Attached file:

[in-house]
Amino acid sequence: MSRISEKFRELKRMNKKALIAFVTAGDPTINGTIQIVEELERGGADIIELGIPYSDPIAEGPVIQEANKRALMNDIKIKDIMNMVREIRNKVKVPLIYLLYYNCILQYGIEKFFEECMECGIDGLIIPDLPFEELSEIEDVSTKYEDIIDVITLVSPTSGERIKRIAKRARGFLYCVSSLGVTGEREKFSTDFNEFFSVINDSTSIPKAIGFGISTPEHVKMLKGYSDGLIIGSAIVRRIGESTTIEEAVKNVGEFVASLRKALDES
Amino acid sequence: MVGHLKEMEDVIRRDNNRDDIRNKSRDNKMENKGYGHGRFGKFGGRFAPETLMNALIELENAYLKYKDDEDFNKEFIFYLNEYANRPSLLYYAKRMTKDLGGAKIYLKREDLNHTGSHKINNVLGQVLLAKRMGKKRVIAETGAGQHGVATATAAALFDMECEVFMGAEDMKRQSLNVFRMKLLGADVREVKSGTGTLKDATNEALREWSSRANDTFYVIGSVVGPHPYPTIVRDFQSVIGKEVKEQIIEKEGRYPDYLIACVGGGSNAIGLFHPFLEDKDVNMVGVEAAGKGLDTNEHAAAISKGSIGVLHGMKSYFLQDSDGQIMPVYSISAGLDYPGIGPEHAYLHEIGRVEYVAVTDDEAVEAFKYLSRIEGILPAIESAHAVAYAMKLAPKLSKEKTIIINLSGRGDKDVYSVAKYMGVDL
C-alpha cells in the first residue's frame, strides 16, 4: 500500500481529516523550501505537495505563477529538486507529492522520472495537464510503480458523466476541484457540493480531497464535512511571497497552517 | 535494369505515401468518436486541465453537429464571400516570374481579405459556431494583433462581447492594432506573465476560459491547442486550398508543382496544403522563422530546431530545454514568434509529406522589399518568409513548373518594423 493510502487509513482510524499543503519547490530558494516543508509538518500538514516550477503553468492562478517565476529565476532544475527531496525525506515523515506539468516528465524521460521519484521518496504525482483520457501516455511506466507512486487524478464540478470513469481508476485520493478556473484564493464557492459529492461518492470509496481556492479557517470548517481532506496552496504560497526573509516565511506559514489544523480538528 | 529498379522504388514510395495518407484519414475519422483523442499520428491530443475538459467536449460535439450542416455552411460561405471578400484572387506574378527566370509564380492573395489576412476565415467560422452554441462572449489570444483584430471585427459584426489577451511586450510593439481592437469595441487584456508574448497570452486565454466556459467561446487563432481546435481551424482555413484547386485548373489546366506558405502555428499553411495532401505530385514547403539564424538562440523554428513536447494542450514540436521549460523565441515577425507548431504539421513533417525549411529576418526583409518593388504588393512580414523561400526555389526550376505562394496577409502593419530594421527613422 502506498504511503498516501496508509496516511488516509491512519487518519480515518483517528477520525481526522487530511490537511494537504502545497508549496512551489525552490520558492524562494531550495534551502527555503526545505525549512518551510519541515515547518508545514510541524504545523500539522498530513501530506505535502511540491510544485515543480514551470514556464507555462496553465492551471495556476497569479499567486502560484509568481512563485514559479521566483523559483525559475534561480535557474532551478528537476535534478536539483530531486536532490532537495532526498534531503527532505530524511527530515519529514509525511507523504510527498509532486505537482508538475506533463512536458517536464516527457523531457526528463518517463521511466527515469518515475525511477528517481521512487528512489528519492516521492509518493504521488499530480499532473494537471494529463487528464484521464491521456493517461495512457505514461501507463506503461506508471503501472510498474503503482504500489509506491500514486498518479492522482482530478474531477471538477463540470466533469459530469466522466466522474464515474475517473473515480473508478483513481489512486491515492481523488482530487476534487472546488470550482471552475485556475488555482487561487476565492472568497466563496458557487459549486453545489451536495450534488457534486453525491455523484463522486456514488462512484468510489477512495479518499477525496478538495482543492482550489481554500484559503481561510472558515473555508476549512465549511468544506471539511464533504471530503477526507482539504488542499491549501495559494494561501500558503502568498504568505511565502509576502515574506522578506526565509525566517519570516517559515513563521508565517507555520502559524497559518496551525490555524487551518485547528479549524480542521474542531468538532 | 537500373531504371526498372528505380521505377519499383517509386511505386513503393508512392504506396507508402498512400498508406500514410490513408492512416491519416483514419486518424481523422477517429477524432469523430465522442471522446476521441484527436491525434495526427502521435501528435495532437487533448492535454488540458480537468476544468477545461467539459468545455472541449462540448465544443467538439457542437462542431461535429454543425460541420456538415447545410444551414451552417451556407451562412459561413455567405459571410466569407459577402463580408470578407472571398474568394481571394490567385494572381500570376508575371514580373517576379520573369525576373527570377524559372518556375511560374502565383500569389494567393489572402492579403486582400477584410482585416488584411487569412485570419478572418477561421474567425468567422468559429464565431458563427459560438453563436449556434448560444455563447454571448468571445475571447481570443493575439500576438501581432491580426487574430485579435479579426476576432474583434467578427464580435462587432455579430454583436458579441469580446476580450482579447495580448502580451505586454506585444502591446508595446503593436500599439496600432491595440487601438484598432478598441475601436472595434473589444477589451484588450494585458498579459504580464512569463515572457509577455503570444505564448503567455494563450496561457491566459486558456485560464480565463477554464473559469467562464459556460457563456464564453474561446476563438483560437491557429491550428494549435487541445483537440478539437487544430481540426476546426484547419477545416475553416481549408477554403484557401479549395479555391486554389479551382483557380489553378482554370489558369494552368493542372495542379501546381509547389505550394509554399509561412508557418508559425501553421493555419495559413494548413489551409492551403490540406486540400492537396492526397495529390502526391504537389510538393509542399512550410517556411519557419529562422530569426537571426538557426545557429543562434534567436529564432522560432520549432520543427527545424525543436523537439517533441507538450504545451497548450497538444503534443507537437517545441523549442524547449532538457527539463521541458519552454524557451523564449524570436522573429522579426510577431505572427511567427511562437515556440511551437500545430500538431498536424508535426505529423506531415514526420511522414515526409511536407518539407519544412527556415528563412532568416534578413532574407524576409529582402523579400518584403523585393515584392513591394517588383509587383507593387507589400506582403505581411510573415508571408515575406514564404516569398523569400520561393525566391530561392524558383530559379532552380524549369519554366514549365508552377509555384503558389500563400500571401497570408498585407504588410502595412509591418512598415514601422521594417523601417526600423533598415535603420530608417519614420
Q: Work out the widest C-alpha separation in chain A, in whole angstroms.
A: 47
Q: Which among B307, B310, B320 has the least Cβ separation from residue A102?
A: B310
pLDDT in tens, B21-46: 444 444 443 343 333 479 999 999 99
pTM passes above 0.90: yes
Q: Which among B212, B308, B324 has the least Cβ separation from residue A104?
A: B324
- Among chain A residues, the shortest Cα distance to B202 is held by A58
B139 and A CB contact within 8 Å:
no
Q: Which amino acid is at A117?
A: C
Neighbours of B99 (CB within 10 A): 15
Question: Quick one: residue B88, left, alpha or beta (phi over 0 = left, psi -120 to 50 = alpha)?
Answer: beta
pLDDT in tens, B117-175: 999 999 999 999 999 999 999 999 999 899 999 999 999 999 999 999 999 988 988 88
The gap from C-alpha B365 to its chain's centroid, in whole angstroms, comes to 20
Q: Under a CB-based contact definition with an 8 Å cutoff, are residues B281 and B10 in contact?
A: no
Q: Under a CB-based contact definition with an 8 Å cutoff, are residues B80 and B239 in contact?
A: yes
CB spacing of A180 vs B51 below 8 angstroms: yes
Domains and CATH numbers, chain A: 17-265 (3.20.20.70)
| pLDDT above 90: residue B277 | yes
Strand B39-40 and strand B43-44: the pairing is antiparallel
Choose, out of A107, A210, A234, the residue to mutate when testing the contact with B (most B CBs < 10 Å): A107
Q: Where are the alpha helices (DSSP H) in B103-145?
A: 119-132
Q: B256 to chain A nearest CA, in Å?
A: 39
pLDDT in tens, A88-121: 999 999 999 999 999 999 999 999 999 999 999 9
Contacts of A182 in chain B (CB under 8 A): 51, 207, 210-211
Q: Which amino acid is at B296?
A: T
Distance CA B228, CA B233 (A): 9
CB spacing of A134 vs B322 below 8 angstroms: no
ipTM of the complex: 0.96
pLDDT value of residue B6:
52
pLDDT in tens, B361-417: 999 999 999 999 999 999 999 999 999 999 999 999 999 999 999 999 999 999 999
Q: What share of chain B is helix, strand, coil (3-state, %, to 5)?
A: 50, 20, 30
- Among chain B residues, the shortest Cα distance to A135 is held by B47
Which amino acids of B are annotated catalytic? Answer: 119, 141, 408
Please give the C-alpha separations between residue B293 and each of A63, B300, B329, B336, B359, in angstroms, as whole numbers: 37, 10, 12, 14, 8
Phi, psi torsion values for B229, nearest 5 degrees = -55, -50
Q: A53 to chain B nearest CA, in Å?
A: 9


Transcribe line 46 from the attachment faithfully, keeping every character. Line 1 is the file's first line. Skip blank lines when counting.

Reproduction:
Q: What share of chain B is helix, strand, coil (3-state, %, to 5)?